I own a plot of land on which stand three garages, There is approximately 10m2 of asbestos cement corrugated roof on these garages (built in the late 1960s). Two of the panels are intact, but one has broken in half.

I would like to be a responsible landowner and make sure that I am fulfilling my legal duties but I am unsure where I stand. The garages are unoccupied, fenced off and on (my) private land, but no longer linked to or integral to a residence. There is also an access path which is required for me to enable access for two households to reach the rear of their gardens. The garages are approximately 2m away from this path.

Do the garages still count as a private dwelling, or does the duty to manage apply?

Any advice would be gratefully received. I have looked at the HSE website and because the garages are no longer linked to private residence I’m unclear as to where I stand.

  • Adam

    Hi Kati,

    I’m not really able to help you with the legal position re this roof nor the ramifications of any decisions/actions you do or do not take. What I can help with is some general advice on Asbestos.

    As a material it can be incredibly harmful but only when disturbed. In it’s corrugated sheet form it poses a low risk as it has only a small asbestos content and it is located outdoors. The real danger from asbestos comes from its prevalent use as an indoor building material throughout the 20th century. If it is drilled, sanded or otherwise dispersed in an enclosed environment then the exposure to and inhalation the fibres can pose serious health risks.

    It is a perfectly safe and acceptable material to continue to use as your garage roof. You are not endangering anyone but if the situation is bothering you then you could take action to replace the roof and put your mind at ease.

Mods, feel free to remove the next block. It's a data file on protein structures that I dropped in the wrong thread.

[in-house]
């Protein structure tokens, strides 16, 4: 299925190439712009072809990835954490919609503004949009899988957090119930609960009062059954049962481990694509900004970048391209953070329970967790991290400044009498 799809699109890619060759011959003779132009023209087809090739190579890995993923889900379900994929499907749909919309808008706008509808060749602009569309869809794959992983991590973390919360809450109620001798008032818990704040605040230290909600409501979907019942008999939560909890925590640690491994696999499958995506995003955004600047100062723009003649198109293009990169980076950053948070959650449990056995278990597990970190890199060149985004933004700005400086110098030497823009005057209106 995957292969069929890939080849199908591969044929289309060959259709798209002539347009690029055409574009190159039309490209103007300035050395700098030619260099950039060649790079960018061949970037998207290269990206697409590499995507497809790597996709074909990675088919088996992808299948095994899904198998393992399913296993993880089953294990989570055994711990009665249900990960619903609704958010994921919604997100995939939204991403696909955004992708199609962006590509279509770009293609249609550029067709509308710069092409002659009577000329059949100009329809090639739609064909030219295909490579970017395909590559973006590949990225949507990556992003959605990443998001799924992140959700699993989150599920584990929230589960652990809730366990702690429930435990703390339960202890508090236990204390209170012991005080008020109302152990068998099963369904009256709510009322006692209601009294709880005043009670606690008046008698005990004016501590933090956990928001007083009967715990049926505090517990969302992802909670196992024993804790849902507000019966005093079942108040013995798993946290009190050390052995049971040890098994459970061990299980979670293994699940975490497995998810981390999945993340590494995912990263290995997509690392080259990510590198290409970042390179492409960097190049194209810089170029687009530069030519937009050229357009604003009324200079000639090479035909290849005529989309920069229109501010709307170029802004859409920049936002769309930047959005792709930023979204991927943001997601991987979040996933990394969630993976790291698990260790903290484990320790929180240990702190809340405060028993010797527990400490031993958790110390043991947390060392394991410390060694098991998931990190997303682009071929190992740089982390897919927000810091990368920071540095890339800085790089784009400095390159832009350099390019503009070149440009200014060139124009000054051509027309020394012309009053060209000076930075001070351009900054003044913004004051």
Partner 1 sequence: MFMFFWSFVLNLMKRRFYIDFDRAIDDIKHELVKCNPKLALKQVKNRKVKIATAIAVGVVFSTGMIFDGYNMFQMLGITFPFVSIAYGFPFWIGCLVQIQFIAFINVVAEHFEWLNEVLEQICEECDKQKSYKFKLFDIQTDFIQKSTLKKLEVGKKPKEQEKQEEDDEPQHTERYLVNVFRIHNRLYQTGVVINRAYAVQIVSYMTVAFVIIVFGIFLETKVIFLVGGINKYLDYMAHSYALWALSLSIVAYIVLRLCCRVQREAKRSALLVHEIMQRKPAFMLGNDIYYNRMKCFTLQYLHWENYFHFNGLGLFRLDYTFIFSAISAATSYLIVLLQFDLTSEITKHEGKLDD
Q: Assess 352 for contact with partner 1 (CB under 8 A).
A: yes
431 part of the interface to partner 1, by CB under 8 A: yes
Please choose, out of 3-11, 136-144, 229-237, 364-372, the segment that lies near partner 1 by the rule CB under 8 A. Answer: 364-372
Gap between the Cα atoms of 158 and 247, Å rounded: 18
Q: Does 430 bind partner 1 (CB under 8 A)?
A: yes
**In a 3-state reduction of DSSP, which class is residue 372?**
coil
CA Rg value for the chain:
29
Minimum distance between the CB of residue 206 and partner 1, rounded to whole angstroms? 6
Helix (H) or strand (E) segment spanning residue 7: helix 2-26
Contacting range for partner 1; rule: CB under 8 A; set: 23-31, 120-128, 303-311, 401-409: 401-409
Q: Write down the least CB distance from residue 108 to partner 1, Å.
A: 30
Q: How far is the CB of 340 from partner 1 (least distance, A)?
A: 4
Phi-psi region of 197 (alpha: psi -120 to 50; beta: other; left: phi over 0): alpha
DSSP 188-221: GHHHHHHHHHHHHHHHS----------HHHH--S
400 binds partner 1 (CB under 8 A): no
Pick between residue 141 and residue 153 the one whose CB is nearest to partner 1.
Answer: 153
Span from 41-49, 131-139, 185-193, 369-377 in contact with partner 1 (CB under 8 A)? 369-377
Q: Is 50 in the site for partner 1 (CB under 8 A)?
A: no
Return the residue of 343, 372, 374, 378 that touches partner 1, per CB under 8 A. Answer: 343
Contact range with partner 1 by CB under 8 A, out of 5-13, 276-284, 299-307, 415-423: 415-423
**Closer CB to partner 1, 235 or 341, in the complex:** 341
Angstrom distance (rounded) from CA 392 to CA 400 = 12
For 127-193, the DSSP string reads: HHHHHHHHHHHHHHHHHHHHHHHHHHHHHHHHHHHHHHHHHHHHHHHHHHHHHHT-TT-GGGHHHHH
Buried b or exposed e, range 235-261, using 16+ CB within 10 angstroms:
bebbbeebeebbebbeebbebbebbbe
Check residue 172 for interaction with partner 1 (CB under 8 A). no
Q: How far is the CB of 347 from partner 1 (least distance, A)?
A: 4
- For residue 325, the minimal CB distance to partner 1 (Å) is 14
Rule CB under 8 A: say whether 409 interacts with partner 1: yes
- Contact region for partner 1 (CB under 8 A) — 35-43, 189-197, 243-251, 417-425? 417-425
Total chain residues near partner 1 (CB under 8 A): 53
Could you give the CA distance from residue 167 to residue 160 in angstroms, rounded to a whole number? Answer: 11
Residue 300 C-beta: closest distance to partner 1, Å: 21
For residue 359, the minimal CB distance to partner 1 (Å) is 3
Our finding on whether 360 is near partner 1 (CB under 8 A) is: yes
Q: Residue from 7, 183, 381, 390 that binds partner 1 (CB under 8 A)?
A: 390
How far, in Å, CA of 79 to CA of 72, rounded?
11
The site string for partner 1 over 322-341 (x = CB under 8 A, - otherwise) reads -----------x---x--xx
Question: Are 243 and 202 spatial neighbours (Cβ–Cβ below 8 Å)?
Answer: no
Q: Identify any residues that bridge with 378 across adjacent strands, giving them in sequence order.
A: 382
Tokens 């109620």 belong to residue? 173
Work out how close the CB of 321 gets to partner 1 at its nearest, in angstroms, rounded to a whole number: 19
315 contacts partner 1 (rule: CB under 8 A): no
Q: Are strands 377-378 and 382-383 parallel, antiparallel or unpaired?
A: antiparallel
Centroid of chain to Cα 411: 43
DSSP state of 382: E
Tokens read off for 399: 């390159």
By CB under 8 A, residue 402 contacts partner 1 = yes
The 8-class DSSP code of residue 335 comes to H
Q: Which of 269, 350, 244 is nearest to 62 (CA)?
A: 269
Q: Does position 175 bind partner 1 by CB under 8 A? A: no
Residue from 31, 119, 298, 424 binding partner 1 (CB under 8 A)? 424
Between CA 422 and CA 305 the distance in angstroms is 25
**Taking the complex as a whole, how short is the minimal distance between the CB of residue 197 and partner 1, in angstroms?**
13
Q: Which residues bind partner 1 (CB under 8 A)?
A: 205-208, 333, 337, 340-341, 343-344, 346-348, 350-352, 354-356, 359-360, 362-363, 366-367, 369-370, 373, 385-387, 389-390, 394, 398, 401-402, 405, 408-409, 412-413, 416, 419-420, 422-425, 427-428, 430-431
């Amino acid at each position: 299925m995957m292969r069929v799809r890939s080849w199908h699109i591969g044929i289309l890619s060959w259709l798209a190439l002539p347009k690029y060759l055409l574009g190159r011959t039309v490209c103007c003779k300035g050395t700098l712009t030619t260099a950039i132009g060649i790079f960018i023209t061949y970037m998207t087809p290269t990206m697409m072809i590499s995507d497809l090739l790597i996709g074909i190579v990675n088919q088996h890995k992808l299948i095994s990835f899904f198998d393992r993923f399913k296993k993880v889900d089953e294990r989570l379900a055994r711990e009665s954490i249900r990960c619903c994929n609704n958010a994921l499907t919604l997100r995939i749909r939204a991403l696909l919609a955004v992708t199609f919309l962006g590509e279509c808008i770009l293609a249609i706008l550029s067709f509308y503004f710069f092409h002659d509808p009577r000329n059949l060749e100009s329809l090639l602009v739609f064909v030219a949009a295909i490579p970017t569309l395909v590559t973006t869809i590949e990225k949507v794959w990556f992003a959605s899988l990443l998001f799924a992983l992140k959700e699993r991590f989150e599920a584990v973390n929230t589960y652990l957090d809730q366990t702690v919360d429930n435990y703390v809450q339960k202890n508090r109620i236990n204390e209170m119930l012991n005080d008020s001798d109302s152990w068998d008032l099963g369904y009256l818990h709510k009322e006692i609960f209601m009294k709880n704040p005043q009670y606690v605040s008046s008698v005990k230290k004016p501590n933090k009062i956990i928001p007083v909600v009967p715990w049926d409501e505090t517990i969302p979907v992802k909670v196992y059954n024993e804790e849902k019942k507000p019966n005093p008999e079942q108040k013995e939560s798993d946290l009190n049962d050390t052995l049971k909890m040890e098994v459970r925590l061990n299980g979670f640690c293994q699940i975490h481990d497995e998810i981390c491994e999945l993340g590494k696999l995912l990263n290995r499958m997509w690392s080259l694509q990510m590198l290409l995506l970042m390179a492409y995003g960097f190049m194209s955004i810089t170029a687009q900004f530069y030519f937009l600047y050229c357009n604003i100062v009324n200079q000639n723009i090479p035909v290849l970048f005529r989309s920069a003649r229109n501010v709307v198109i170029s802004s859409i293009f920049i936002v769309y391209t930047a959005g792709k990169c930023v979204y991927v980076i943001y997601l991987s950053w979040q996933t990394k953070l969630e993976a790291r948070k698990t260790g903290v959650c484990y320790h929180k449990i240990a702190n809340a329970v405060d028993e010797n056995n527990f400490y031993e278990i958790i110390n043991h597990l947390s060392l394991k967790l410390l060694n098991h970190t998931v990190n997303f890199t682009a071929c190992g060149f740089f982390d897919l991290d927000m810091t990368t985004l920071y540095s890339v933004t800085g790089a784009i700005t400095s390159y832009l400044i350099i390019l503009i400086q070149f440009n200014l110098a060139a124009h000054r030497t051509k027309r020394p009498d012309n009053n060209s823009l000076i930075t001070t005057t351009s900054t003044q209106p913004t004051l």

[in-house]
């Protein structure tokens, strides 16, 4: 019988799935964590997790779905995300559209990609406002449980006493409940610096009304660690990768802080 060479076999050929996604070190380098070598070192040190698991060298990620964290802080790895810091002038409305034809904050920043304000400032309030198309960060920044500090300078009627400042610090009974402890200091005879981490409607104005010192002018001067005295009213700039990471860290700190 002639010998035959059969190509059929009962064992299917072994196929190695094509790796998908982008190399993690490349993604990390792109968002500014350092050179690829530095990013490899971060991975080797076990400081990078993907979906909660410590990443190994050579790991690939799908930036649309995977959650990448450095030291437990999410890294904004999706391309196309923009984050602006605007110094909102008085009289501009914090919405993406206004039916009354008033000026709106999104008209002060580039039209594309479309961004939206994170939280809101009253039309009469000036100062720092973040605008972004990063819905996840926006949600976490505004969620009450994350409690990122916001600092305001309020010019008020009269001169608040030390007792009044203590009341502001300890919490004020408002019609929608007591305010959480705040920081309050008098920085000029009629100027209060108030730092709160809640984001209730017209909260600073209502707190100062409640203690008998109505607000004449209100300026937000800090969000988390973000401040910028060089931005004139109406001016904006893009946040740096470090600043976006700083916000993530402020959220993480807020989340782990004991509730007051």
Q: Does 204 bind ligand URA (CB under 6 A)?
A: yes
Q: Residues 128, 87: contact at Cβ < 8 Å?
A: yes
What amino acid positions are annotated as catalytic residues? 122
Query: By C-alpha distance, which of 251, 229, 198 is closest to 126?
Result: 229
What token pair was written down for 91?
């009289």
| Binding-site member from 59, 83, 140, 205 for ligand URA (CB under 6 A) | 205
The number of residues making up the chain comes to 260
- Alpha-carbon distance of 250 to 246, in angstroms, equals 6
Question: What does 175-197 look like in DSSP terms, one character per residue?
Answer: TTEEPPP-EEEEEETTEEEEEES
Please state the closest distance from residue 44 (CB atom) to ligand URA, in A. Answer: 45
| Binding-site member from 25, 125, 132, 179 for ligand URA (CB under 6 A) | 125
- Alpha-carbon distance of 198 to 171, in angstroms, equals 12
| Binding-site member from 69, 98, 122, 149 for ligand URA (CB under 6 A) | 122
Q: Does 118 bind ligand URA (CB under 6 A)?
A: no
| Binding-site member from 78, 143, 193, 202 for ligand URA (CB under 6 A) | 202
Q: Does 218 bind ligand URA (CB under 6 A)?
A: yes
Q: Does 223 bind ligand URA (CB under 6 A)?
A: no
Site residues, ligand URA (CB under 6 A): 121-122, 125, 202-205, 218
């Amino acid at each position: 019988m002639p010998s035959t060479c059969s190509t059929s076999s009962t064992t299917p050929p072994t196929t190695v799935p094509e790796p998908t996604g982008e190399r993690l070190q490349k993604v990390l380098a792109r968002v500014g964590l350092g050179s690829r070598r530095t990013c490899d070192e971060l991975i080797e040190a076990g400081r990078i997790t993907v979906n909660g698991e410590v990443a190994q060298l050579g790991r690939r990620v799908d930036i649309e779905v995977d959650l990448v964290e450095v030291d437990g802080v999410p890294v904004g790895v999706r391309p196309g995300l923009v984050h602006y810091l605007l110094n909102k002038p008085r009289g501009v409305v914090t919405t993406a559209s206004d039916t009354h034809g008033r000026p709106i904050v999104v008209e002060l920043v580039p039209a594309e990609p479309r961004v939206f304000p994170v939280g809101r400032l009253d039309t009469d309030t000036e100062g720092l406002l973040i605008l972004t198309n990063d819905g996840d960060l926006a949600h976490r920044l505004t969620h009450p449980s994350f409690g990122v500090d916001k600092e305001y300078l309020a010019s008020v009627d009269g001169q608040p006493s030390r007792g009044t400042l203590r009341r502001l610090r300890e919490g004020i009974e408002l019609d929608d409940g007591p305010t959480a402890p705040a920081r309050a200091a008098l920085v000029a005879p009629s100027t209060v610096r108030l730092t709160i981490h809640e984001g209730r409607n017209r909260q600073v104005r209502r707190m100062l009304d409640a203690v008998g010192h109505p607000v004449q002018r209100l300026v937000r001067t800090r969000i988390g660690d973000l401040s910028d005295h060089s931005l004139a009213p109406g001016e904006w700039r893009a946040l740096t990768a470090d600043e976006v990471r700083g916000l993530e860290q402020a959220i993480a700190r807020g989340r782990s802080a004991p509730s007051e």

It is possible for you to safely remove this asbestos yourself and dispose of it at your local council run refuse site (though I suggest you call them to double check) You will require a class P2 or P3 mask with filters to prevent exposure to the asbestos fibres as you break up the corrugated sheeting into double bagged, heavy duty polythene sacks (these are not bin bags or plastic bags. They must be very thick, heavy duty polythene often sold as rubble sacks in builders merchants) Tape them up with strong duck tape.

    Take the sheets down on a windy day and stay upwind of the sheets as you break them to fit into the bags. Because of the relatively low levels of asbestos bonded within cement corrugated boards you should be ok if you take these precautions. Ensure nobody else is in the vicinity as you carry out this work.

    This way you could dispose of the roof sheeting for the cost of some bags and a good mask. About £30-50 in total depending on your mask choice. Try screwfix for some good examples and the rubble sacks/tape.

    The other option is to have the roof removed by a licenced waste carrier although this can be expensive. If you opt for this do not allow yourself to be misled as to the danger posed by the corrugated sheets. It is the lowest risk of any asbestos product and its removal cost should reflect this. Obviously this route will require a new roof to be installed but corrugated sheeting can be purchased at competitive prices from a sheeting supplies business near you. Get the handyman of the family to get stuck in for the cost of a few beers and a good feed!

  • Kati Carter

    Many thanks for your considered answer Adam, much appreciated.

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